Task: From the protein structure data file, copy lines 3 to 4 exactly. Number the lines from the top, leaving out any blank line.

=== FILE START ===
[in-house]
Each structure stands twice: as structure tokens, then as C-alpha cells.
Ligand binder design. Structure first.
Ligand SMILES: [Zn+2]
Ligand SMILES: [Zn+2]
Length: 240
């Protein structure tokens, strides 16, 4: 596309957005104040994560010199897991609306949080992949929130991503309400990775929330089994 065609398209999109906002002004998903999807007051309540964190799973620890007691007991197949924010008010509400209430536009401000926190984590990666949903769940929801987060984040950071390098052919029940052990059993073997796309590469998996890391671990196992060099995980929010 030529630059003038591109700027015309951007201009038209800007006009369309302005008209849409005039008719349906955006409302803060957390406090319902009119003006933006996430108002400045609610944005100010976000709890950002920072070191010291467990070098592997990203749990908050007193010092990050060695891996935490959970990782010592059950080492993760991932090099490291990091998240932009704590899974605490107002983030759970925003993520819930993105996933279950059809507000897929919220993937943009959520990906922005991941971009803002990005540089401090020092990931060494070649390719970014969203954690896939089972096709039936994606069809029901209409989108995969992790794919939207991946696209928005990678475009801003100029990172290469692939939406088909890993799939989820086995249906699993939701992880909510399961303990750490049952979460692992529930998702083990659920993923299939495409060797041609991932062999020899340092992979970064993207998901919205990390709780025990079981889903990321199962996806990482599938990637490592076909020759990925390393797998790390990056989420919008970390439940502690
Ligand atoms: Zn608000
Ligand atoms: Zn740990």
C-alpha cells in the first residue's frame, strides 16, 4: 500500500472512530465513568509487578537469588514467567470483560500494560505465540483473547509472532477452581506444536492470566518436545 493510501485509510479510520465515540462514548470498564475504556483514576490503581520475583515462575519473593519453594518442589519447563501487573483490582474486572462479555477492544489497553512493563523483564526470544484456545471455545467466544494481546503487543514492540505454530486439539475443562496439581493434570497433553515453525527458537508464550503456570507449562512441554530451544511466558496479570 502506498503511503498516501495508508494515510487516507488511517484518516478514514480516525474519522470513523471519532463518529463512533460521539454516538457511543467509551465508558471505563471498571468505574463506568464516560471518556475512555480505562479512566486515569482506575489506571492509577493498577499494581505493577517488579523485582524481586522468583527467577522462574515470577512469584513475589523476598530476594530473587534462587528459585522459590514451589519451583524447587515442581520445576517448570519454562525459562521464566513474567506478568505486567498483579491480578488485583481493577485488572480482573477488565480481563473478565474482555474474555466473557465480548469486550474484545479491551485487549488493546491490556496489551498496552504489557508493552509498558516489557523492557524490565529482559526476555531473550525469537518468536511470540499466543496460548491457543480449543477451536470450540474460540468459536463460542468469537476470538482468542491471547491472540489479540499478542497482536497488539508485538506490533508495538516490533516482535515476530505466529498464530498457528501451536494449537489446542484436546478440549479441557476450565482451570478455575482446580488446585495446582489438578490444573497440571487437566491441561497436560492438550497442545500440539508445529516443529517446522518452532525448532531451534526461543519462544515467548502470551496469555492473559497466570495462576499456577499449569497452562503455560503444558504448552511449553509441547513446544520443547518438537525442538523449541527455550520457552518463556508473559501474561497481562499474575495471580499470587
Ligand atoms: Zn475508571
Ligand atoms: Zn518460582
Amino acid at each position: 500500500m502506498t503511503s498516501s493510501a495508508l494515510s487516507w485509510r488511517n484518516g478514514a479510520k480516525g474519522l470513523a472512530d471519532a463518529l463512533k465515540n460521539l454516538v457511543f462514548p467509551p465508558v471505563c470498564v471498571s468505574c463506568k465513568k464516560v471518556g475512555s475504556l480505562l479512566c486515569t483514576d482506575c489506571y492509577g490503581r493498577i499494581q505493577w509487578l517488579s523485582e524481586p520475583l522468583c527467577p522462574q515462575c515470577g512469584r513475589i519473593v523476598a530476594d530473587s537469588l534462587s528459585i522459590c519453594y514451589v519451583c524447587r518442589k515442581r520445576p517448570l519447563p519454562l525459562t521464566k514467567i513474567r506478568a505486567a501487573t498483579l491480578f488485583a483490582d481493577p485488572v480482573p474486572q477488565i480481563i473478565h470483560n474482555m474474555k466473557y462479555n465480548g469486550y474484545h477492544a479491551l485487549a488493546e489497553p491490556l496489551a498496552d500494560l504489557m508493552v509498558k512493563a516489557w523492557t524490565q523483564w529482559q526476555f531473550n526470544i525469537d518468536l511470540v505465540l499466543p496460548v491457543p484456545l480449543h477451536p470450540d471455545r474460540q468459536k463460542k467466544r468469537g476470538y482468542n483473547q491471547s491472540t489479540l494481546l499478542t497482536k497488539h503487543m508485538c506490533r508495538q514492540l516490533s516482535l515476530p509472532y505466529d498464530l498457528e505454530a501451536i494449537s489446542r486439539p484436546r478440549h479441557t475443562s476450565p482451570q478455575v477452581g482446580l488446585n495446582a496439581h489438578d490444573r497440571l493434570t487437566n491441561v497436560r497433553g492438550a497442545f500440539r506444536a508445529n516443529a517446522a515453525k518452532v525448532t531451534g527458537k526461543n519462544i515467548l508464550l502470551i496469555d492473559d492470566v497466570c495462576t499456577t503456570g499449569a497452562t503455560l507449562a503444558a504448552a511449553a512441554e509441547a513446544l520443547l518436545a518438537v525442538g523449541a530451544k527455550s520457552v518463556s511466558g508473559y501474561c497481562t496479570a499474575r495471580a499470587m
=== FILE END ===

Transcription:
Ligand binder design. Structure first.
Ligand SMILES: [Zn+2]